Egypt's post-revolution life hasn't been a bed of bread and roses. In the months since president Hosni Mubarak's departure, unemployment and corruption are up, and Egyptians are frustrated that life after the fall of the regime isn't markedly better than the days before it. Part of the problem? Egypt's tourism industry was badly hurt during the revolution and the uprising all but totally halted foreign investment. Annual economic growth is around 2 percent, and the country's currency reserves have decreased by 25 percent. And then there's the human factor: As people continue to lose their jobs in the struggling economy, they're considering taking to the streets again. “People are angry,” said Cairo resident Hassan Mahmoud, who was laid off from his $10-a-day job in a souvenir factory. “People in the neighborhood are talking about going back to the streets for another revolution — a hunger revolution.”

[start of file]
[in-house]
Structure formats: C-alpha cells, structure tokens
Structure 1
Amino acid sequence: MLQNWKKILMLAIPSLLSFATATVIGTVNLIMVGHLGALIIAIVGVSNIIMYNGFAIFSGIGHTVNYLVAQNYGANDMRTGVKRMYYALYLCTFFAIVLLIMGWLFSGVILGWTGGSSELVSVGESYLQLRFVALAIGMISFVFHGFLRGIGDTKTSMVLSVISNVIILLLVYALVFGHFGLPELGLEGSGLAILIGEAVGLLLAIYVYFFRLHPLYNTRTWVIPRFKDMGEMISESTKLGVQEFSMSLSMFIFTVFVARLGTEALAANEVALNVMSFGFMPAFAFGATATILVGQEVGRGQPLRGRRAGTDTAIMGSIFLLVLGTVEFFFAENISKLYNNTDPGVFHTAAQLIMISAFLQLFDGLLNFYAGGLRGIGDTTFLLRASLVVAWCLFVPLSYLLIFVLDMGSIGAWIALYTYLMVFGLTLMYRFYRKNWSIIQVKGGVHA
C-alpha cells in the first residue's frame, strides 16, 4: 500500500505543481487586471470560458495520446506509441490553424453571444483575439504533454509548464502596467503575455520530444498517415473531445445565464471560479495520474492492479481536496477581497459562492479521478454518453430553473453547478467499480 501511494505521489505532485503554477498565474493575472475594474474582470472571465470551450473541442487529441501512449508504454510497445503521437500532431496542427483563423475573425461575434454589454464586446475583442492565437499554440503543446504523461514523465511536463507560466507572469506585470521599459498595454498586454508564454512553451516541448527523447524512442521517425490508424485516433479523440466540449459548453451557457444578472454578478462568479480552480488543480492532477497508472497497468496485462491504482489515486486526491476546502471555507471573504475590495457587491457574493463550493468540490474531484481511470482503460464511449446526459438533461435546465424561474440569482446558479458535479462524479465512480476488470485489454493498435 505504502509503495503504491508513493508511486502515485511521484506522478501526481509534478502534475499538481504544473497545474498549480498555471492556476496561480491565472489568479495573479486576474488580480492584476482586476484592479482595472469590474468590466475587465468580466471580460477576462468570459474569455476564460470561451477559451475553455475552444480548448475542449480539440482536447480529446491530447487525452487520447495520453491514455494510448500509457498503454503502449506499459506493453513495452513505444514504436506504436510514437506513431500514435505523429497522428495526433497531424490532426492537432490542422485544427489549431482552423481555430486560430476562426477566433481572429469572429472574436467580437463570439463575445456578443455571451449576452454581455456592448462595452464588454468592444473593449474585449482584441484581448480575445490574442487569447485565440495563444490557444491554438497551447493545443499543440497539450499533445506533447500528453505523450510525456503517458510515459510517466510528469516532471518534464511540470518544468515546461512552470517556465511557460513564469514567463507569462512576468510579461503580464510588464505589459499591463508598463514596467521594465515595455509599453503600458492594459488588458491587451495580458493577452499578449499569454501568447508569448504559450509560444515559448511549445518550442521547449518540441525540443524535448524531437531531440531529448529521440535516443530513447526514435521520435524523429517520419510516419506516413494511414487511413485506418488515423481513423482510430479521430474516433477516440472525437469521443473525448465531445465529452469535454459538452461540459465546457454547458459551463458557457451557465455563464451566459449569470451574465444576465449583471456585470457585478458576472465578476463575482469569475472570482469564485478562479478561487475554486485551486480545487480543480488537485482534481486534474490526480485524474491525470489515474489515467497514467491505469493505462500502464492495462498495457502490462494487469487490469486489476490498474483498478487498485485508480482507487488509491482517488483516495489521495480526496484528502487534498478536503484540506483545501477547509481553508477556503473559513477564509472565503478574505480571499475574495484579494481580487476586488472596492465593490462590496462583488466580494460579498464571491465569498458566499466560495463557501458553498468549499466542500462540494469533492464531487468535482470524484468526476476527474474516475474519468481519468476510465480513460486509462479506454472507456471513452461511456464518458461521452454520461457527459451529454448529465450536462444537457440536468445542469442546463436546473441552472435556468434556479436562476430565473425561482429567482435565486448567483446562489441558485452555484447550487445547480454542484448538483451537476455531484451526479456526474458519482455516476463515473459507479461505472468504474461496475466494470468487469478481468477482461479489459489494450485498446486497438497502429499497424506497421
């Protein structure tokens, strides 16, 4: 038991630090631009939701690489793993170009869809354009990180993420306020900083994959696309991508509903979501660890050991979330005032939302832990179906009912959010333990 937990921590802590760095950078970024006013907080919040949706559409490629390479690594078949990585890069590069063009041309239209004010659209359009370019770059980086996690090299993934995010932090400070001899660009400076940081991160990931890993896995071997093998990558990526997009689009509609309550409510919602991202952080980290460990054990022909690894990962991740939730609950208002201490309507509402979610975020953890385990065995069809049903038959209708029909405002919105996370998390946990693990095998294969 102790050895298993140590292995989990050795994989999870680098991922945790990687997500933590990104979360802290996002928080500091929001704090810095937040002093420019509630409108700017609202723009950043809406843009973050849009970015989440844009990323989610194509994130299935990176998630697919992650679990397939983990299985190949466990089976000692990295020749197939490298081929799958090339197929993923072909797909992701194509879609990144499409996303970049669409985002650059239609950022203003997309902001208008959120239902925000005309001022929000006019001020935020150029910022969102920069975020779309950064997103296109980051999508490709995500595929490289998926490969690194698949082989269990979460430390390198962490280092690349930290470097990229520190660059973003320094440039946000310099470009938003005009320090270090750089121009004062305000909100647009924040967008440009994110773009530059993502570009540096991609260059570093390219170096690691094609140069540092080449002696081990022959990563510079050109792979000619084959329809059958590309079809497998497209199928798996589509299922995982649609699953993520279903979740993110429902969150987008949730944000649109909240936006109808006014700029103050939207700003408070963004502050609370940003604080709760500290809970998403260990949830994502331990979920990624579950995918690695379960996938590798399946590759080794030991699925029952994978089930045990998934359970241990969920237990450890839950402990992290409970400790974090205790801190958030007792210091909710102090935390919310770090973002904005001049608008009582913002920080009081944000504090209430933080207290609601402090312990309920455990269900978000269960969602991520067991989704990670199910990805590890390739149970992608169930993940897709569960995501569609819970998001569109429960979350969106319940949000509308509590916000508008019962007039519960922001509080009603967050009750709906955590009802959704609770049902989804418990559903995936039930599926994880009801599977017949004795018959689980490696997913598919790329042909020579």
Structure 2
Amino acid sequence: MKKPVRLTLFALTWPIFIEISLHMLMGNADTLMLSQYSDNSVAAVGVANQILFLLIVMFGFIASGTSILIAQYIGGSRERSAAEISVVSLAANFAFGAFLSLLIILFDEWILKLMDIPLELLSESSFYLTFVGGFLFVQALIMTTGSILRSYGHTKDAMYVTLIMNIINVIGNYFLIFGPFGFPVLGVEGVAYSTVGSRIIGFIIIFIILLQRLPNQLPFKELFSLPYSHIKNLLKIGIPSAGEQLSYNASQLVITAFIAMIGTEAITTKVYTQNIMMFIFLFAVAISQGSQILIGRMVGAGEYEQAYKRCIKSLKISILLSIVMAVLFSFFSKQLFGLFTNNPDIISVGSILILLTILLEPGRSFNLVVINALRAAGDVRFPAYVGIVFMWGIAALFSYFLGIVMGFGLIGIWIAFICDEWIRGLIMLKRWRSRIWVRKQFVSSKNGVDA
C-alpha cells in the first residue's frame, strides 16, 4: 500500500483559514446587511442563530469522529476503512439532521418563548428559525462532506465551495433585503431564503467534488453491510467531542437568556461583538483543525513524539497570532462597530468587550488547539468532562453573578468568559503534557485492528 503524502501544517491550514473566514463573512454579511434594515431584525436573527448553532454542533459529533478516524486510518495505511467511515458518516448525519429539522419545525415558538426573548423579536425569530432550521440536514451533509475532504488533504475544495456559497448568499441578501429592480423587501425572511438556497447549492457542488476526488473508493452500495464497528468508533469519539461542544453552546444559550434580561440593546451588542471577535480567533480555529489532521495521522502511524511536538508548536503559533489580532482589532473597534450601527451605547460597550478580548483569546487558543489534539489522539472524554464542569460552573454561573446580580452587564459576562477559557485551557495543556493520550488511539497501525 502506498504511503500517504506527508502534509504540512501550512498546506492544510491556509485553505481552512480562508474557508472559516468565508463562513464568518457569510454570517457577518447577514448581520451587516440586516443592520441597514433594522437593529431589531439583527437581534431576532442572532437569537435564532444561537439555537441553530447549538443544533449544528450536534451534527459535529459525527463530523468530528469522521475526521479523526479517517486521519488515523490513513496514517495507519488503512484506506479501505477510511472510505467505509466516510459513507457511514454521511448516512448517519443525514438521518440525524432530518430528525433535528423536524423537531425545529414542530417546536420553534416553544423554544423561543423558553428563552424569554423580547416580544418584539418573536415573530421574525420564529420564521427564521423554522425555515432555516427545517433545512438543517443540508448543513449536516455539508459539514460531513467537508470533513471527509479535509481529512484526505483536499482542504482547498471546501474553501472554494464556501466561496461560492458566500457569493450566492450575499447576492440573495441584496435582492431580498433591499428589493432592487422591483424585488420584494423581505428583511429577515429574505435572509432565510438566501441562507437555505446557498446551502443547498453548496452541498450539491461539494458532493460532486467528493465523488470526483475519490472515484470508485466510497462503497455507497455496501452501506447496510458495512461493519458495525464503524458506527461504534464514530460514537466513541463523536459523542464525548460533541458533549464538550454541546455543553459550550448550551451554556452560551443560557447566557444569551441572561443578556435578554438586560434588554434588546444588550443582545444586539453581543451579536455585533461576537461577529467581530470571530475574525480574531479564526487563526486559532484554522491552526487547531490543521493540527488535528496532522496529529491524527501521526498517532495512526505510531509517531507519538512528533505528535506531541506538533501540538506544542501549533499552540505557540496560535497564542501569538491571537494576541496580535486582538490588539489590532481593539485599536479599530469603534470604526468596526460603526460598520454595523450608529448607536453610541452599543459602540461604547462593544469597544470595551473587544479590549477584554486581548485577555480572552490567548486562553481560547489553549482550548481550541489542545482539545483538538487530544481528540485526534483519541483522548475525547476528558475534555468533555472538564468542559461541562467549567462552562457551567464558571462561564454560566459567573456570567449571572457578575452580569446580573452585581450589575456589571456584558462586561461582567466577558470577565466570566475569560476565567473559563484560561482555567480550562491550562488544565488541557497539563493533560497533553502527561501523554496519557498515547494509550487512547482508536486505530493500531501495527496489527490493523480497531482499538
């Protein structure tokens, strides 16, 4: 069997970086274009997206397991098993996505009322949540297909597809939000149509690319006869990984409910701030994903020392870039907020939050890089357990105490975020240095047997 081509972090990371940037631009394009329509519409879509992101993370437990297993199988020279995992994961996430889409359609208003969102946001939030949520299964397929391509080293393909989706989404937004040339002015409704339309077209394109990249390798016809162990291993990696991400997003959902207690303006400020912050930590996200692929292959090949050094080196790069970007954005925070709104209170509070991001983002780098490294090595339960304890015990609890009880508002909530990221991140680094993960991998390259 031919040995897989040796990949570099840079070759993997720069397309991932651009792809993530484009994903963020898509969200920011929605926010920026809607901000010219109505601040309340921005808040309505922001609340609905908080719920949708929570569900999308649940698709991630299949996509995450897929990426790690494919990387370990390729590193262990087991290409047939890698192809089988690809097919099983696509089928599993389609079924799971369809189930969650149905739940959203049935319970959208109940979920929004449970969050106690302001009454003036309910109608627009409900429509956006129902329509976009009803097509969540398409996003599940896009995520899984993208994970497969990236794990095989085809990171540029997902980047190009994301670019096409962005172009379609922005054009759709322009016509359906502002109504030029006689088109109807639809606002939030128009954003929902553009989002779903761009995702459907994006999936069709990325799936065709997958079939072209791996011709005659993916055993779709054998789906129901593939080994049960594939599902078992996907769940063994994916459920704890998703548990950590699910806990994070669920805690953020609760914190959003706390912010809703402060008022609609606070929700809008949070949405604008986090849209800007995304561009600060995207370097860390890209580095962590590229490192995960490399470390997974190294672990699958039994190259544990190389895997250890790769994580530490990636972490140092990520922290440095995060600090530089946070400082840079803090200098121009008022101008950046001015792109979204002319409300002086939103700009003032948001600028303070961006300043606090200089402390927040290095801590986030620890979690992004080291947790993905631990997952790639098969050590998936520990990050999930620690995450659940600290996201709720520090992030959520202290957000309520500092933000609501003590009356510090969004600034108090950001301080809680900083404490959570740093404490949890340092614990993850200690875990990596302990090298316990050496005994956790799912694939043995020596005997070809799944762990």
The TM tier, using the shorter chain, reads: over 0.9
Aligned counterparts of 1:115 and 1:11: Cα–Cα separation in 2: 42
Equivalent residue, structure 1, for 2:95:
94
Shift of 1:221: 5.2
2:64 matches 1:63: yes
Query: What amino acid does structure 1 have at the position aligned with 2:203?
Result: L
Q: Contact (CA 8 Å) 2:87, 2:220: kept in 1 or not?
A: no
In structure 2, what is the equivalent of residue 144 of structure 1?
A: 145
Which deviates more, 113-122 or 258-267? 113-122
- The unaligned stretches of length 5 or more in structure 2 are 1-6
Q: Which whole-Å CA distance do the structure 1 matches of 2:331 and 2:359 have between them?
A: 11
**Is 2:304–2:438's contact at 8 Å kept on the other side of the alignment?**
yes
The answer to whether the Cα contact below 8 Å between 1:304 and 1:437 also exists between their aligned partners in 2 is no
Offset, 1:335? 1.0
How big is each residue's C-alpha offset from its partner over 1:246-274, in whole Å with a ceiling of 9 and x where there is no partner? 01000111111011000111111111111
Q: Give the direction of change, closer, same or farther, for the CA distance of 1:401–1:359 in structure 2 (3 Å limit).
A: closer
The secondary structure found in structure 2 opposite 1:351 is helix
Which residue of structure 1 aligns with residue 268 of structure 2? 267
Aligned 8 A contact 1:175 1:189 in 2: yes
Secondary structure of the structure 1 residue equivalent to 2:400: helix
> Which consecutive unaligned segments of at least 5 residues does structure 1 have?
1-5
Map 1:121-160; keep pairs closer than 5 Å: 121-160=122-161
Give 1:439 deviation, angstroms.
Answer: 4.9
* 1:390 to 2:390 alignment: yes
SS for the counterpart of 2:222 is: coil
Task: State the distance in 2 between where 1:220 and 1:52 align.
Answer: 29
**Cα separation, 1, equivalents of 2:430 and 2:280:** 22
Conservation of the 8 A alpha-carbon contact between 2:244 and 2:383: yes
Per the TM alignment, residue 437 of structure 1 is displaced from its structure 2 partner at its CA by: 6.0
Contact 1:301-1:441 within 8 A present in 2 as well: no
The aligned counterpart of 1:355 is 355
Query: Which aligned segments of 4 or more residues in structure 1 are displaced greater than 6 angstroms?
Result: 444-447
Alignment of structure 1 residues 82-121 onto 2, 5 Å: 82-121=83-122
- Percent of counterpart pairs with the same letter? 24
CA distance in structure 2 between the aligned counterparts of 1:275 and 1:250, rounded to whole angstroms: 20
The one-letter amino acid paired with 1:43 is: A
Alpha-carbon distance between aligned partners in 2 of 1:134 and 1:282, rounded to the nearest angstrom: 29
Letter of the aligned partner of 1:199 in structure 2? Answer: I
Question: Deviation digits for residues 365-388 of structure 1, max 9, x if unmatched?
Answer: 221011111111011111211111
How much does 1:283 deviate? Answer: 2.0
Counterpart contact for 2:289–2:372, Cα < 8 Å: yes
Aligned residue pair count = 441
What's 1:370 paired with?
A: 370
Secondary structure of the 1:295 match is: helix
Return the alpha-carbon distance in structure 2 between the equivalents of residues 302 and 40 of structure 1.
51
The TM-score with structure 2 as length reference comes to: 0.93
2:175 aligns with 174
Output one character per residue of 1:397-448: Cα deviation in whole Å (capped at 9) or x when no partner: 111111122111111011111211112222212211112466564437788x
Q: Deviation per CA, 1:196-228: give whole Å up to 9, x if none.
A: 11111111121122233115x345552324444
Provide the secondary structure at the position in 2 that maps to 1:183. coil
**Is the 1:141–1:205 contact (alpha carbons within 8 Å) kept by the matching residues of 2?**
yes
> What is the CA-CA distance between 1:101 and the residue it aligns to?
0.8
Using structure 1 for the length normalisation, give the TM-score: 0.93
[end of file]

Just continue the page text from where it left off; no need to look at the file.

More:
A key to resolving the current crisis in Egypt is managing expectations — at least for Egyptians who believed immediate economic improvements would take place. To illustrate the general level of desperation: When 450,000 temporary jobs were added to the public payroll, 7 million people applied. And to combat corruption, the government has halted most projects to reexamine contracts. “Many of the contractors in Egypt obtained land by corrupt deals with contracts filled with question marks,” said construction executive Ahmed Habib.
And some are outright second-guessing the revolution. Like Khaled Younis, who had to lay off all of his employees after the revolution because business dried up. “Many people here believe this revolution was a curse on us poor, simple folks,” he said. “They just want to be able to survive.”